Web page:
by Flora Guo
Have you ever tried wearing a right-handed shoe on your left foot? Or vice versa? From personal experience, I know that this is definitely a frustrating experience. However, this everyday occurrence demonstrates an interesting property of the molecules around you.
As a right-handed person, I often take everyday things for granted. Left-handed people are more likely to injure themselves while using tools designed without their best interests at heart (or on hand). In fact, over 90% of the world population is right-handed, meaning that you, dear reader, probably share my sentiments. In addition, did you know that certain molecules can also display handedness? This phenomenon is called chirality, which originates from the Greek word for hand. Whether you’ve known it or not, these chiral molecules play an important role in your life.
I was first introduced to chiral molecules at a Metro Vancouver Physics Circle session last year. These bi-weekly sessions take place at UBC, where students in grades 10-12 can delve into the curious worlds of physics and astronomy. There, Professor Valery Milner showed us his research on optical centrifuges. By manipulating pulses of light, he can essentially rotate molecules in a synchronized manner. This light is a controlled oscillation in the electromagnetic field, the electric component of which causes a molecule’s light electrons electrons to move. Due to electrostatic attraction, the heavier protons follow this moving electron cloud. This allows the whole molecule to spin. Intrigued by his lecture, I asked about potential applications of this research. Curiously enough, the rotation of these molecules can actually identify the handedness, or chirality of species.
What is Chirality?
You can visualize chirality by looking at both of your hands. Due to the distinct nature of your pinky and thumb as well as your palm and back of the hand, you cannot superimpose your hands onto each other. In other words, it’s impossible to position your hands on top of each other such that they’re oriented in exactly the same way. This is precisely the reason why your right foot doesn’t quite fit into your left shoe. In chemistry, this property is seen in enantiomers, which are molecules with non-imposable mirror images of each other. Enantiomers can be formed whenever a carbon centre has four distinct groups attached to it.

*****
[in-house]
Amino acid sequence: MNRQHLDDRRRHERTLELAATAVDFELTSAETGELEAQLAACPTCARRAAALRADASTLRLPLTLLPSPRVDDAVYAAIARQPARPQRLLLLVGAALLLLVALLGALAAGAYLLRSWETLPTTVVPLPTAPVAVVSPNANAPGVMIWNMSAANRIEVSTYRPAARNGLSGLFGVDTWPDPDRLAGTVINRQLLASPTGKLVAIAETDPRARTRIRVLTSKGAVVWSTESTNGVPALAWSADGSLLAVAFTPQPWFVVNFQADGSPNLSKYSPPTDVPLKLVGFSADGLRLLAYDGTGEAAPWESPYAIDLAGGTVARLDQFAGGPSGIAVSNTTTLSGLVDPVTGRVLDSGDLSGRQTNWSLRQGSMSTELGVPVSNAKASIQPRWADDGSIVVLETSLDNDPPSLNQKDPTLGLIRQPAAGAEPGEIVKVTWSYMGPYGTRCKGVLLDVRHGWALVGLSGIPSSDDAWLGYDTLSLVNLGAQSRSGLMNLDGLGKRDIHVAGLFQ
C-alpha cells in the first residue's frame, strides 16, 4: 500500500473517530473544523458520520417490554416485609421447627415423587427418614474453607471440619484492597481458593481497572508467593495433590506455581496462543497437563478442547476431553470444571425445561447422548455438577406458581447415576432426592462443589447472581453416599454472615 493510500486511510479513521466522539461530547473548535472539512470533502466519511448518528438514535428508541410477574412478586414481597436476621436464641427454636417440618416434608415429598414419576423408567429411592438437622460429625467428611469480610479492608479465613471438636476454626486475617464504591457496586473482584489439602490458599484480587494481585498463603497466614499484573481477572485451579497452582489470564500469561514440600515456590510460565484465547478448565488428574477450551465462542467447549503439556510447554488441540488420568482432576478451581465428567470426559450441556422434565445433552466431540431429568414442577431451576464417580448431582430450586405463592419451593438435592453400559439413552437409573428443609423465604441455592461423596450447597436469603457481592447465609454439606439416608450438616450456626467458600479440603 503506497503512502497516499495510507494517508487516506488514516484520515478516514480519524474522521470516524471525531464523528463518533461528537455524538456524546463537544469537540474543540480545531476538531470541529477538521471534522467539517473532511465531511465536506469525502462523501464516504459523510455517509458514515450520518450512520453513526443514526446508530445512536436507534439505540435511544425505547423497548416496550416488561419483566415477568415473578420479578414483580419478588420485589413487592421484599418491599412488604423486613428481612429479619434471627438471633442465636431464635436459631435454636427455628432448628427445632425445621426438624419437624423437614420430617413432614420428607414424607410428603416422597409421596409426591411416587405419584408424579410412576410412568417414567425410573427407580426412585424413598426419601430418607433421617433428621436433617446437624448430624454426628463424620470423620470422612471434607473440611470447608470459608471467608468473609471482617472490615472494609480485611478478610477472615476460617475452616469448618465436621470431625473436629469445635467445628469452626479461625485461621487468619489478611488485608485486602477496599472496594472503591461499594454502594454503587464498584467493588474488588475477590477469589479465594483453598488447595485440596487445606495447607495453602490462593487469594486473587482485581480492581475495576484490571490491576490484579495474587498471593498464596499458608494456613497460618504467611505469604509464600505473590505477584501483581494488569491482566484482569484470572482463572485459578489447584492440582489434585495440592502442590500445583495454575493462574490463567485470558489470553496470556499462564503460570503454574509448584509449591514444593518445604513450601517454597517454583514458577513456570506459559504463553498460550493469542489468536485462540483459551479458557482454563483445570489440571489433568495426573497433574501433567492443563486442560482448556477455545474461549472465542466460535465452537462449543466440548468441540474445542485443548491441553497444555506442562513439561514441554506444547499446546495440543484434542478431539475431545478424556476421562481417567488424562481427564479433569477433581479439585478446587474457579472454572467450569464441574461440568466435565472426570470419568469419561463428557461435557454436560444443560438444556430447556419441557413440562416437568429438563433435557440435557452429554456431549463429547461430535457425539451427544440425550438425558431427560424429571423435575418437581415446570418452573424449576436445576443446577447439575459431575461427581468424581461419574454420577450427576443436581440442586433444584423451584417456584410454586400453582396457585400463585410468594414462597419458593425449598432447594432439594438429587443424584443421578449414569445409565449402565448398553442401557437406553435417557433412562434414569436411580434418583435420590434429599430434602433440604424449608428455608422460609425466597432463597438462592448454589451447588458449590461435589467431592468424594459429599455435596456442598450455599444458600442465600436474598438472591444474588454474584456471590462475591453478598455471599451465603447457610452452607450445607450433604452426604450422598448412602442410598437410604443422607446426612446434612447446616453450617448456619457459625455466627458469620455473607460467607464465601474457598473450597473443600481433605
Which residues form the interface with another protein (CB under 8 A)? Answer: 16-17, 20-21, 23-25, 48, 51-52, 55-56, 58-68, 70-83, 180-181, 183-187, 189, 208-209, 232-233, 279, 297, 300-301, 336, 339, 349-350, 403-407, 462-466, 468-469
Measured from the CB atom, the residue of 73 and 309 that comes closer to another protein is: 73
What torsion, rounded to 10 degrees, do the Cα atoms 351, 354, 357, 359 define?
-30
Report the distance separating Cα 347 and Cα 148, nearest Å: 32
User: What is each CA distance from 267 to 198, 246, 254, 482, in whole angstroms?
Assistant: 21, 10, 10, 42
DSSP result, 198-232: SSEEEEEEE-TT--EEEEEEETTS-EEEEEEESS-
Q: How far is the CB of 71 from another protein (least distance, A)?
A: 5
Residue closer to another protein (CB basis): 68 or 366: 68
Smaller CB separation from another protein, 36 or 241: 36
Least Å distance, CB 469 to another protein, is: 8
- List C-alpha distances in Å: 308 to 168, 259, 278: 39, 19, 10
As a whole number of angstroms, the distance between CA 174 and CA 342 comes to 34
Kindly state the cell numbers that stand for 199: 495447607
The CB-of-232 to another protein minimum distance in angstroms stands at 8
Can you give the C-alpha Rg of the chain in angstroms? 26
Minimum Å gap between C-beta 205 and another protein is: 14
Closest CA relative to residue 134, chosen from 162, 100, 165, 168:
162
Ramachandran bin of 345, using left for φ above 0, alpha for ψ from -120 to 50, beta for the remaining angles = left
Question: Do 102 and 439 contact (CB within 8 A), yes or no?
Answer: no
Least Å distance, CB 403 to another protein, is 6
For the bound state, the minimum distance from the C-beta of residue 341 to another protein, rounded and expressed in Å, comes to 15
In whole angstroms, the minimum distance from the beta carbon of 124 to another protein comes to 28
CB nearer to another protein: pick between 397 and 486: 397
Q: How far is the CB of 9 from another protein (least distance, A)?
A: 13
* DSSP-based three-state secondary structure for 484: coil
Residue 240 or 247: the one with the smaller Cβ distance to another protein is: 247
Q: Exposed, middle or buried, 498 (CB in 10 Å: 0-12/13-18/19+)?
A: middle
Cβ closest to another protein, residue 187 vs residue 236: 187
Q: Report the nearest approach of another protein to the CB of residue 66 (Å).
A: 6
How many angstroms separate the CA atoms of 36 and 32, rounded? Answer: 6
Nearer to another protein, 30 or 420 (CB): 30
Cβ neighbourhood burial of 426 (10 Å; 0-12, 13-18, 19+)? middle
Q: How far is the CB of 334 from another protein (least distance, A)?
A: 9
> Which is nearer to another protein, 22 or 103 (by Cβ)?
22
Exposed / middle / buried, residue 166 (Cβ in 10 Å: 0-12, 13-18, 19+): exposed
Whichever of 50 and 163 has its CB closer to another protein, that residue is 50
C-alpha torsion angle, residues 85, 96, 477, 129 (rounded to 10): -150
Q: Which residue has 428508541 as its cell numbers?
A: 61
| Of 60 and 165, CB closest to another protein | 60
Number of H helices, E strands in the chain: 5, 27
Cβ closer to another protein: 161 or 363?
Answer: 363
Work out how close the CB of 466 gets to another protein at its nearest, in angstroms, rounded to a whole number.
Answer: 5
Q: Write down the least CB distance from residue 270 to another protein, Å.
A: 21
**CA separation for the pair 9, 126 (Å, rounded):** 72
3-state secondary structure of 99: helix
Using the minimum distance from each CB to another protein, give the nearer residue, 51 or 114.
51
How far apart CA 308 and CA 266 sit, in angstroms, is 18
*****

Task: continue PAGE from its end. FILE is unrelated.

How do chiral molecules influence our everyday lives?
Interestingly, even though chiral molecules share the exact same atoms and bonds, they can have much different properties. Although this distinct behaviour only occurs when the chiral molecules react with another chiral species, it can be the difference between a sweet (d-amino acids) and a bitter (l-amino acids) taste. In fact, the chiral nature of a molecule called limonene is the reason why we can differentiate between the citrus scents of orange and lemon is due to . The limonene enantiomers actually react with chiral receptors in our nose and mouth, creating different tastes.
The next time you mix up your mittens or see your mirror reflection, remember that this curious behaviour is one that occurs even on the smallest scale. Even when we aren’t aware of the fact, scientific phenomena surround our everyday lives. Though it might not seem like a drastic difference, these mirror reflections sure make the world a sweeter (like d-amino acids!) place.
Written by: Flora Guo